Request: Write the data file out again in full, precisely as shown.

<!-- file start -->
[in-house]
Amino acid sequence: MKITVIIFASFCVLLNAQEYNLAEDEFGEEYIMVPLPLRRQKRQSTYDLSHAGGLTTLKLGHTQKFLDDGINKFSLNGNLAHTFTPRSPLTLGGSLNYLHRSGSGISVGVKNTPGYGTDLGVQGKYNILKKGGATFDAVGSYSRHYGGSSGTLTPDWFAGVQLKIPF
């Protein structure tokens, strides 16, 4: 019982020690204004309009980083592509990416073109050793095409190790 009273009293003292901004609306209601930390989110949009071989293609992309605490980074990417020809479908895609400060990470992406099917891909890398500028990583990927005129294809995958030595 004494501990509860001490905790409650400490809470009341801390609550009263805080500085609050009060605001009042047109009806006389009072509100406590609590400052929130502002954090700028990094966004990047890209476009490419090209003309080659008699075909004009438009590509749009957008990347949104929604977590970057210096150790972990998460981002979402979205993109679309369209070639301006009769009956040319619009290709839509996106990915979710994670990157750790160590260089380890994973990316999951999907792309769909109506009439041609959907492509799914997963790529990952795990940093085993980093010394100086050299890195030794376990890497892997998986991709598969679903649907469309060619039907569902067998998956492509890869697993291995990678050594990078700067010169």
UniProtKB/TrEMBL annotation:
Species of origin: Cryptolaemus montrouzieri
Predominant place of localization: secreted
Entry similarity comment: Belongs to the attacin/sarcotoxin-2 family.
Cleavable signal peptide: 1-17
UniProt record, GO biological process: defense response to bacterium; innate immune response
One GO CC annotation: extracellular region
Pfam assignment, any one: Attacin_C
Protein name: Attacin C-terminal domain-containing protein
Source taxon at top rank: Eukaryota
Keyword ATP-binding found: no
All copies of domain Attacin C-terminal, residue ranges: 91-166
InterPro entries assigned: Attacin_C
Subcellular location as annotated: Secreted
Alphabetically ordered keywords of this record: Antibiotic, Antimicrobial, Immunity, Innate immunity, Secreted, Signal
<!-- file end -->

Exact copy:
[in-house]
Amino acid sequence: MKITVIIFASFCVLLNAQEYNLAEDEFGEEYIMVPLPLRRQKRQSTYDLSHAGGLTTLKLGHTQKFLDDGINKFSLNGNLAHTFTPRSPLTLGGSLNYLHRSGSGISVGVKNTPGYGTDLGVQGKYNILKKGGATFDAVGSYSRHYGGSSGTLTPDWFAGVQLKIPF
């Protein structure tokens, strides 16, 4: 019982020690204004309009980083592509990416073109050793095409190790 009273009293003292901004609306209601930390989110949009071989293609992309605490980074990417020809479908895609400060990470992406099917891909890398500028990583990927005129294809995958030595 004494501990509860001490905790409650400490809470009341801390609550009263805080500085609050009060605001009042047109009806006389009072509100406590609590400052929130502002954090700028990094966004990047890209476009490419090209003309080659008699075909004009438009590509749009957008990347949104929604977590970057210096150790972990998460981002979402979205993109679309369209070639301006009769009956040319619009290709839509996106990915979710994670990157750790160590260089380890994973990316999951999907792309769909109506009439041609959907492509799914997963790529990952795990940093085993980093010394100086050299890195030794376990890497892997998986991709598969679903649907469309060619039907569902067998998956492509890869697993291995990678050594990078700067010169």
UniProtKB/TrEMBL annotation:
Species of origin: Cryptolaemus montrouzieri
Predominant place of localization: secreted
Entry similarity comment: Belongs to the attacin/sarcotoxin-2 family.
Cleavable signal peptide: 1-17
UniProt record, GO biological process: defense response to bacterium; innate immune response
One GO CC annotation: extracellular region
Pfam assignment, any one: Attacin_C
Protein name: Attacin C-terminal domain-containing protein
Source taxon at top rank: Eukaryota
Keyword ATP-binding found: no
All copies of domain Attacin C-terminal, residue ranges: 91-166
InterPro entries assigned: Attacin_C
Subcellular location as annotated: Secreted
Alphabetically ordered keywords of this record: Antibiotic, Antimicrobial, Immunity, Innate immunity, Secreted, Signal